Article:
The big problem for Google – and the big advantage for Microsoft – is that the vast majority of computer users have all of their data on their Windows-powered desktop computers. So what does Google do? Try to get people to move their data to the web (through Google, of course). Google has already identified email and digital photos as two of the primary uses of desktop computers, and they’ve responded with Gmail and (to a much lesser degree, so far) Picasa. Then they release the Google Desktop, which further blurs the line between the web and your desktop by enabling you to search your hard drive using the familiar, simple Google interface. What will we see next? GMusic? GDocuments? Others have speculated whether a GBrowser is in the works, although that certainly remains to be seen. Regardless, Windows is being marginalized piece by piece, and Microsoft can’t stop it. The internet is the next OS, and Google is becoming a primary force behind it.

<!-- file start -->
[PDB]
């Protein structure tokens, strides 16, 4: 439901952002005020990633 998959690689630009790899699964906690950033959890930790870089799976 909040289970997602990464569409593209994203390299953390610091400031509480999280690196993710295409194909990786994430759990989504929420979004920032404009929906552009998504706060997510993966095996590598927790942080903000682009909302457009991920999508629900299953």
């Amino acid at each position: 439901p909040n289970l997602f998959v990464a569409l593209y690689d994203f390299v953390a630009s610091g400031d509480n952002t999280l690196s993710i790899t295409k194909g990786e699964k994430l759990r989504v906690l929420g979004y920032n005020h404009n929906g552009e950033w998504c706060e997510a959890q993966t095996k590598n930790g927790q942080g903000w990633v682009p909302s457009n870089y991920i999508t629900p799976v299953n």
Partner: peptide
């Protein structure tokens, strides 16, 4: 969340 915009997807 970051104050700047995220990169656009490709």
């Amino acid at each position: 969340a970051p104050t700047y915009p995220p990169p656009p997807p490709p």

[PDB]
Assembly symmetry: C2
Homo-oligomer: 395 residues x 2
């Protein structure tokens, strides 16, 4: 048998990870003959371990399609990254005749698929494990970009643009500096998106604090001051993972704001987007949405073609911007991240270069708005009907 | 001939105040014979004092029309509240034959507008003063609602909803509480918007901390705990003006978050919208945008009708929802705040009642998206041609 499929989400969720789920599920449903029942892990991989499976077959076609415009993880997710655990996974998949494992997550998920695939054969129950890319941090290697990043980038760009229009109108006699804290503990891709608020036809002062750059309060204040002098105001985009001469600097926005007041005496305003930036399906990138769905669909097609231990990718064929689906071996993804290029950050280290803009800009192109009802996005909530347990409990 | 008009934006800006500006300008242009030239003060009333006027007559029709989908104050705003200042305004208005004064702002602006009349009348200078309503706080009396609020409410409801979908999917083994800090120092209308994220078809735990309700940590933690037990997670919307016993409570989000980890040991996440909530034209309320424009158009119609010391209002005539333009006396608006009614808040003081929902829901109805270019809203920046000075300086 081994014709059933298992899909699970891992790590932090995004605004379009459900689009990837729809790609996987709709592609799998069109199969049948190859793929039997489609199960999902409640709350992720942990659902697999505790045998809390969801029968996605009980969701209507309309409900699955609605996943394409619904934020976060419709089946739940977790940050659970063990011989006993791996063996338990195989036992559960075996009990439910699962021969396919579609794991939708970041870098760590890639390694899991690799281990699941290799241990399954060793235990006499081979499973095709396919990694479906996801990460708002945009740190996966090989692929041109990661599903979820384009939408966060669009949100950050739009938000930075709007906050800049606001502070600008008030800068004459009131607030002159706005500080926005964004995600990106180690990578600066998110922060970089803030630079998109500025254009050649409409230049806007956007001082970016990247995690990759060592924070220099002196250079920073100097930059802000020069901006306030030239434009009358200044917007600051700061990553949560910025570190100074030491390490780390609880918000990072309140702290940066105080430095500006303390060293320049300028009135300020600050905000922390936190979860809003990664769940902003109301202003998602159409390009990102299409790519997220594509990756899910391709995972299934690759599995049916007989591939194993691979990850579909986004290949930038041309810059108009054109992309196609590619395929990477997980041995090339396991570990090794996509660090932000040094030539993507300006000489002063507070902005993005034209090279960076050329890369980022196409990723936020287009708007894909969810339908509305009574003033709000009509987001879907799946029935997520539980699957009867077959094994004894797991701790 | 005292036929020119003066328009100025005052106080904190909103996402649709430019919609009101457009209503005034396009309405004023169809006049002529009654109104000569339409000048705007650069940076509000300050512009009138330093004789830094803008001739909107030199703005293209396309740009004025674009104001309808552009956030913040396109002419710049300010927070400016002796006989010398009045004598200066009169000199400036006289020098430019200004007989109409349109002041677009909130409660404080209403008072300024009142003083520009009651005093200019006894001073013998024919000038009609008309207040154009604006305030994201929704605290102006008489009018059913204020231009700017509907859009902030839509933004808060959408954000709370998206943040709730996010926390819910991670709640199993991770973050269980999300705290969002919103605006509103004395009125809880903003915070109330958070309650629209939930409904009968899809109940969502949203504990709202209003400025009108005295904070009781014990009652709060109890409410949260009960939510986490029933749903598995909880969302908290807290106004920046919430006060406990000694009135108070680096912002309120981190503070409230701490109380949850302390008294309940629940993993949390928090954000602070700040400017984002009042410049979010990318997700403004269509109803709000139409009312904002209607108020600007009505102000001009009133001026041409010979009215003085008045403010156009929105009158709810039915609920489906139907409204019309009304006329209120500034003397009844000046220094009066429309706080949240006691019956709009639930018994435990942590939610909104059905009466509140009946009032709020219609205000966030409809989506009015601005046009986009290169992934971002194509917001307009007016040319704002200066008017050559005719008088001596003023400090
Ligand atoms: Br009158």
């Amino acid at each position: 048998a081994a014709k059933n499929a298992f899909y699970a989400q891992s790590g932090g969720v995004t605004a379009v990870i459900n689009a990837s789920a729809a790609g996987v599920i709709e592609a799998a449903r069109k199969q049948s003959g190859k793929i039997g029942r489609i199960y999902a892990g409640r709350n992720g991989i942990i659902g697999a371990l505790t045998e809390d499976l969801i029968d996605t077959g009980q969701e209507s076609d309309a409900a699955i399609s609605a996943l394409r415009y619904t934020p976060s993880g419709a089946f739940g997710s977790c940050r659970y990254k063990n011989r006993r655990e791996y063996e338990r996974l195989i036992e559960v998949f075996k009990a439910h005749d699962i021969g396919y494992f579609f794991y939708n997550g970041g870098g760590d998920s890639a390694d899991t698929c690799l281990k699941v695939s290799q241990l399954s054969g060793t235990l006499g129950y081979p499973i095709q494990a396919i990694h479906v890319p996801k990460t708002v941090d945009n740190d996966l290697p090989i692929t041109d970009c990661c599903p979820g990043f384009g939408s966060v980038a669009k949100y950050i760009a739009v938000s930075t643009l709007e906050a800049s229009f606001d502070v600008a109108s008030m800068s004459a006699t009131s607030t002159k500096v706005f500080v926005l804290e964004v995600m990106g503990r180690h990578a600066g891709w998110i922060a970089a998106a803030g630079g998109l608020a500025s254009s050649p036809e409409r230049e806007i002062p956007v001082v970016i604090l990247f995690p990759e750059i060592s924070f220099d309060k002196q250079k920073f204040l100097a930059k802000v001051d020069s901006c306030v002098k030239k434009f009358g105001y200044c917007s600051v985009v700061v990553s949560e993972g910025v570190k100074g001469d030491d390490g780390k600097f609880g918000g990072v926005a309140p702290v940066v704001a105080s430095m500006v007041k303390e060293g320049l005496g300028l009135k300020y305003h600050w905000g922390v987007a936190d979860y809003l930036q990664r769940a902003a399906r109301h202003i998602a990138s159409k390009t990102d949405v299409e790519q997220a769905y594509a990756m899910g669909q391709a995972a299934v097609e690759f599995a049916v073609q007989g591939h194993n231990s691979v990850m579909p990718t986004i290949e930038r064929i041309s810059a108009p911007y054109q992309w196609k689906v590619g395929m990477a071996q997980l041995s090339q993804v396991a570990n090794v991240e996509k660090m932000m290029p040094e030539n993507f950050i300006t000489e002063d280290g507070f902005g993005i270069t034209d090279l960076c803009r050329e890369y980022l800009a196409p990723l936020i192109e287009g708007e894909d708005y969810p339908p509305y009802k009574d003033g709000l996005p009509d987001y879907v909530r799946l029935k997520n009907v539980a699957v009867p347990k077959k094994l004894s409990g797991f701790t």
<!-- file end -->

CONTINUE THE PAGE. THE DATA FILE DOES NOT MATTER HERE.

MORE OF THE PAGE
I believe that open standards are far more important than open source, since open standards mean you can share your data regardless of whether you access it through commercial or open source software (and regardless of which OS you’re using). The software doesn’t matter: the data does.

My assumption is that the internet OS of the future will replace your desktop OS, your television, your newspaper, etc., to become (by far) the primary source of information. Today, TV is widely used by the government and industry to provide only the information that will help sell their ideas and products. So what happens when the TV knows who you are? If you look at this 10 years down the road, it doesn’t seem too scary. But 50 years, 100 years, from now, what will we have built? I just want to make sure we know what we’re building.

TECH TALK: CommPuting Grid: Grid Computing

IBM’s Thomas Meyer offers an introduction: